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Dodging risk of thin content penalty

8:53 am on Sep 8, 2013 (gmt 0)

New User from NL 

joined:Sept 7, 2013
posts: 31
votes: 0


I am developing a website where each page offers a time related service for different locations around the world. There is about 22.000 pages on the website. Each page URL is registered in a submitted sitemap:

... www.mysite.com/product_1.html
... www.mysite.com/product_2.html
... www.mysite.com/product_3.html

Now, although the content is clearly different for each page, there is not a lot of text on each page. More some could argue that it is not original content. However, the implementation is cleaner (better GUI), and much faster than competition. I also plan to make those pages work well on SmartPhones, since this is not the case for competition.

I see a possible risk of being penalized for excess of thin content pages.

I am wondering whether converting my page into a unique page with URL query parameters would eliminate that risk:

... www.mysite.com/product.html?id=1
... www.mysite.com/product.html?id=2
... www.mysite.com/product.html?id=3

Does anyone have experience with this? Is this a good idea worth investing time in?
12:35 pm on Sept 8, 2013 (gmt 0)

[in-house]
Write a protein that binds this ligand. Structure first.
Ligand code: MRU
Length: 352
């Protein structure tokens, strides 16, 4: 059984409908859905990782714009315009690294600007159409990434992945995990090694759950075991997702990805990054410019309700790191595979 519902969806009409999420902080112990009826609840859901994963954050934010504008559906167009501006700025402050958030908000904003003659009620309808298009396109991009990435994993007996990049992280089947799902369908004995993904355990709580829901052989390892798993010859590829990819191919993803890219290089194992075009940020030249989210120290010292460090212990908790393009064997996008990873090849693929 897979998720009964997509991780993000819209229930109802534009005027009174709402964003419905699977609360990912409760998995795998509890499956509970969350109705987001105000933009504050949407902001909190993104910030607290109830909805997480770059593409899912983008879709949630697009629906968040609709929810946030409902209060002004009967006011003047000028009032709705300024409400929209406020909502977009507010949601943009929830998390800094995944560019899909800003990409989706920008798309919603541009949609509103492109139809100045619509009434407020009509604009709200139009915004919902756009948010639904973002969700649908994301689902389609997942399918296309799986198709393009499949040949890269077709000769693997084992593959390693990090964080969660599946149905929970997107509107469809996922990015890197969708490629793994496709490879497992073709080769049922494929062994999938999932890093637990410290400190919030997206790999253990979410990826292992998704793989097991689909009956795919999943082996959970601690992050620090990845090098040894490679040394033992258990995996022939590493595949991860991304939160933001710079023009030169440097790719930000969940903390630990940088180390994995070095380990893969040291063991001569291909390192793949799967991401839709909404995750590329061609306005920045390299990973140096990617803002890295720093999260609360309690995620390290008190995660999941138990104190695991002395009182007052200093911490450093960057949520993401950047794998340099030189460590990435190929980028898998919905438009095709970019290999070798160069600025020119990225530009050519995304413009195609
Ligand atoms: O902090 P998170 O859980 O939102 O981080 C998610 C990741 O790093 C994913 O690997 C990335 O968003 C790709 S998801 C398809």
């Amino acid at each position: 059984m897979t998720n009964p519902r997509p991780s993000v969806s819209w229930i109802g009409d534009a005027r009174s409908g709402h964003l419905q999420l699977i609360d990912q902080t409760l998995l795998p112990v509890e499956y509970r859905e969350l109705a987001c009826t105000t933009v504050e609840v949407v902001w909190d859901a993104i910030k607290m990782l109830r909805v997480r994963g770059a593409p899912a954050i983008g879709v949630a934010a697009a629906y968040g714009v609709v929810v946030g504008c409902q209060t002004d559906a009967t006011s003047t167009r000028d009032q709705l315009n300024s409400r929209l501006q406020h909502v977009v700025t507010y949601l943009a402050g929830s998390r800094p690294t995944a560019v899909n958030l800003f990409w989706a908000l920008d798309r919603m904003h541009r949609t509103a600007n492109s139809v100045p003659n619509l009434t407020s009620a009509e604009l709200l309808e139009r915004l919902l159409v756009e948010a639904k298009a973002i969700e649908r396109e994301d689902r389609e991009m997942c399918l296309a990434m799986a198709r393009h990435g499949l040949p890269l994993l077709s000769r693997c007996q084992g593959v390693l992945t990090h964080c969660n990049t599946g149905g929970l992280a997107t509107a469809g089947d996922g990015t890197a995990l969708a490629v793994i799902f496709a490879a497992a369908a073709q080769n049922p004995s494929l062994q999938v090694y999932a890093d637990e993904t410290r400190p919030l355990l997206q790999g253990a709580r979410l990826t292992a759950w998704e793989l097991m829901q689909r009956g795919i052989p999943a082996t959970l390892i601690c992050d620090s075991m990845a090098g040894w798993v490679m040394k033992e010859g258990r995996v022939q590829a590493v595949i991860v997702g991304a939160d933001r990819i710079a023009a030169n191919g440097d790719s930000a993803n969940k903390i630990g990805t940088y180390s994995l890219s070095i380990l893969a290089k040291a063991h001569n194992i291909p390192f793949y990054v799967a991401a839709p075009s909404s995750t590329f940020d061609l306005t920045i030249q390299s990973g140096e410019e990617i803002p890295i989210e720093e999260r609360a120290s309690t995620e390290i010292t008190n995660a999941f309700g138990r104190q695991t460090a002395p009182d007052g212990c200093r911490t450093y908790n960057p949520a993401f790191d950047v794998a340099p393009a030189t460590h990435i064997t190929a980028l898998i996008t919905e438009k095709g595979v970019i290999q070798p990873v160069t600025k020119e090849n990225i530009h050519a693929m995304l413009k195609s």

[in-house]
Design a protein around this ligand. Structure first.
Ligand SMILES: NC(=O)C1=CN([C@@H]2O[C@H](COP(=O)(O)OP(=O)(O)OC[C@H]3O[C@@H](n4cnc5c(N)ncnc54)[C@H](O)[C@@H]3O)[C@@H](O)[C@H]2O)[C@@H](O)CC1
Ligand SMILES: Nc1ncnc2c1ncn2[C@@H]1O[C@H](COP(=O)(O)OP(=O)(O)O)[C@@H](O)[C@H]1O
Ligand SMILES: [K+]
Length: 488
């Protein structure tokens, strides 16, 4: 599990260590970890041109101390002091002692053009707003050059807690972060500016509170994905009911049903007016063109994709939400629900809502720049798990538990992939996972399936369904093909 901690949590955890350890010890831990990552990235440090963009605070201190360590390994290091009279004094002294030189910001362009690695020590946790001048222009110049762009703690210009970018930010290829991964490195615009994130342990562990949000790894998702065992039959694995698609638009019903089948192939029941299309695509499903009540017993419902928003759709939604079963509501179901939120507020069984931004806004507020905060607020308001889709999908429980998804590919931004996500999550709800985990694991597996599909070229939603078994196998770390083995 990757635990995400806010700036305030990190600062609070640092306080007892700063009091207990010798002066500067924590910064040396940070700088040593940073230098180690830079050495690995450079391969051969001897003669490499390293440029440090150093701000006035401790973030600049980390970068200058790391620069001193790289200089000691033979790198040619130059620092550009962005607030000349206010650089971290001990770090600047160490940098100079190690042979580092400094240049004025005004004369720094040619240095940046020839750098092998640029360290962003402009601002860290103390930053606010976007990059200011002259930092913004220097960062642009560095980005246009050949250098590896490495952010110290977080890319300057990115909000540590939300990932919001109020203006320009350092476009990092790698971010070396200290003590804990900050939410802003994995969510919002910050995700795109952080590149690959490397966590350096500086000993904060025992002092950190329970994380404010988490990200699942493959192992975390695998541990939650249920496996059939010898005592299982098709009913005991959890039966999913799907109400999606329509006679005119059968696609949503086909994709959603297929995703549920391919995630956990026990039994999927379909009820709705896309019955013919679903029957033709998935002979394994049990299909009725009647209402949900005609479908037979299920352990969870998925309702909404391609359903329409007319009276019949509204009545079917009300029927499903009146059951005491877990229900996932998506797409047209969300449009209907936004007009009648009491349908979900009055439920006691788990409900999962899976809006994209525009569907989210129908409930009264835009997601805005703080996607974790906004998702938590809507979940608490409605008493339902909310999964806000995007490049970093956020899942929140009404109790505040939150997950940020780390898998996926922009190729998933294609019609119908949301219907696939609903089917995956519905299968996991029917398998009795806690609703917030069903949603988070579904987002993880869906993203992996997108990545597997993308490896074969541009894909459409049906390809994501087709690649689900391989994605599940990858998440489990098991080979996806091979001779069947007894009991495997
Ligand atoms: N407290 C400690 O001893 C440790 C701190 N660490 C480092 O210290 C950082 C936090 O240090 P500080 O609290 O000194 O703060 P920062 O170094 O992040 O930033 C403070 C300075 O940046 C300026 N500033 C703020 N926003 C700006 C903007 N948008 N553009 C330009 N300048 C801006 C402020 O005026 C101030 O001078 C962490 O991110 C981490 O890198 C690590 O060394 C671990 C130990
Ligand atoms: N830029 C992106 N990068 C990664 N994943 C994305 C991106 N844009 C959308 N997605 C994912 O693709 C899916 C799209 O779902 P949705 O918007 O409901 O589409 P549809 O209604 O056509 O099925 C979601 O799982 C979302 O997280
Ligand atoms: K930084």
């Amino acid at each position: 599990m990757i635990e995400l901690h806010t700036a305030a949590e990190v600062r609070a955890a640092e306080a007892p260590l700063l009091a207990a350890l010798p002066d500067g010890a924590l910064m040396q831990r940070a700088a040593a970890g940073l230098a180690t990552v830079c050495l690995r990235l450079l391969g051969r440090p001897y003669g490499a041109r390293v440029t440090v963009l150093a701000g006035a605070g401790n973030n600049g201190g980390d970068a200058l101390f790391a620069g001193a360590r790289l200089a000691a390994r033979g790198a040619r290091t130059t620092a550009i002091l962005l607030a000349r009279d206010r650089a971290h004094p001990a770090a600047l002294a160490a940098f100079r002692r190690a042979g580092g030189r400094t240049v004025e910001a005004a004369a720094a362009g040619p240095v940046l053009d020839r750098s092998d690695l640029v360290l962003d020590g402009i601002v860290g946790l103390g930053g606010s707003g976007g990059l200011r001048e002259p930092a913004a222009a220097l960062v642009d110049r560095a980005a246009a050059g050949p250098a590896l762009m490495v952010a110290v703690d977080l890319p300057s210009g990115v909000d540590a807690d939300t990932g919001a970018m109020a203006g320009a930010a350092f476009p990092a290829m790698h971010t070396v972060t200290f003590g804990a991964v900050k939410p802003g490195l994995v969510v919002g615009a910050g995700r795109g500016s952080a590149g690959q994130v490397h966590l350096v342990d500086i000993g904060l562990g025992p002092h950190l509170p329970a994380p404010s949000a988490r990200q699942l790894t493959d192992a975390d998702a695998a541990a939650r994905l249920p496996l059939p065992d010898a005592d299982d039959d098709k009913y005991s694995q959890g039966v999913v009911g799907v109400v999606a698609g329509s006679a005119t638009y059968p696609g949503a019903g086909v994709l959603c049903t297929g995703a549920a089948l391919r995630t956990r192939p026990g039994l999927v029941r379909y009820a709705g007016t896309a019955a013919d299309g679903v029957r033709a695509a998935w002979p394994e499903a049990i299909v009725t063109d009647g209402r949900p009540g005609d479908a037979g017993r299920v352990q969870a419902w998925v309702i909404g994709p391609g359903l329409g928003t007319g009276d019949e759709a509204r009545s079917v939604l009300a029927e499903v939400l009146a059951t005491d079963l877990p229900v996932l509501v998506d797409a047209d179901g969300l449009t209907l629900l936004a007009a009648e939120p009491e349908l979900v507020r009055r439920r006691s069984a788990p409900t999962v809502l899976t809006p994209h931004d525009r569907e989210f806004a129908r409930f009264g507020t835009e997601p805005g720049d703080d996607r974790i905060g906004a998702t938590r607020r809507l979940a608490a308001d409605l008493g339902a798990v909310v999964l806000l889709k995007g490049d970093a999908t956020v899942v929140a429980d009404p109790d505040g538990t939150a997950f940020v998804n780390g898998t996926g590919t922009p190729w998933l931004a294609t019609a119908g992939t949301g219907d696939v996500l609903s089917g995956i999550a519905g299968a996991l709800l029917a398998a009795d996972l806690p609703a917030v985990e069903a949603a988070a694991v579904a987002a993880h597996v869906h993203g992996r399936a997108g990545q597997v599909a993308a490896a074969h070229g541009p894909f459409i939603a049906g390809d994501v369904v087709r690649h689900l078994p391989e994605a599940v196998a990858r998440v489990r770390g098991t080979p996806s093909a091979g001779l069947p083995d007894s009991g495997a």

Moderator This Forum from GB 

WebmasterWorld Administrator 5+ Year Member Top Contributors Of The Month

joined:Apr 30, 2008
votes: 141

Welcome to WebmasterWorld, JVerstry!

Query string parameters also form unique URL.

Hence changing URLs from /product_1.html to /product.html?id=1 will not solve this problem and in fact it will flood your site doubling the number of product URLs.

You would then have to either return 404/410 for the old URLs or redirect them to a new URL version. Then you *could* tell Google via WMT parameter handling to index only one representative URL with id=nnn parameter, providing you do not use id= parameter on some other URL constructs.

It would take Google some time to process your 404/410 and also new URLs and there is a risk that in a meantime the site ranking will tank before recovering (and it may or may not recover to where it was). So personally I would not go for this solution.

What I would do is to leave URLs as they are now and add meta robots noindex on each of these thin pages instead.
7:34 pm on Sept 8, 2013 (gmt 0)

New User from NL 

joined:Sept 7, 2013
posts: 31
votes: 0

Ok thanks. Makes sense. I am going to noindex them and keep country level pages. It should be enough.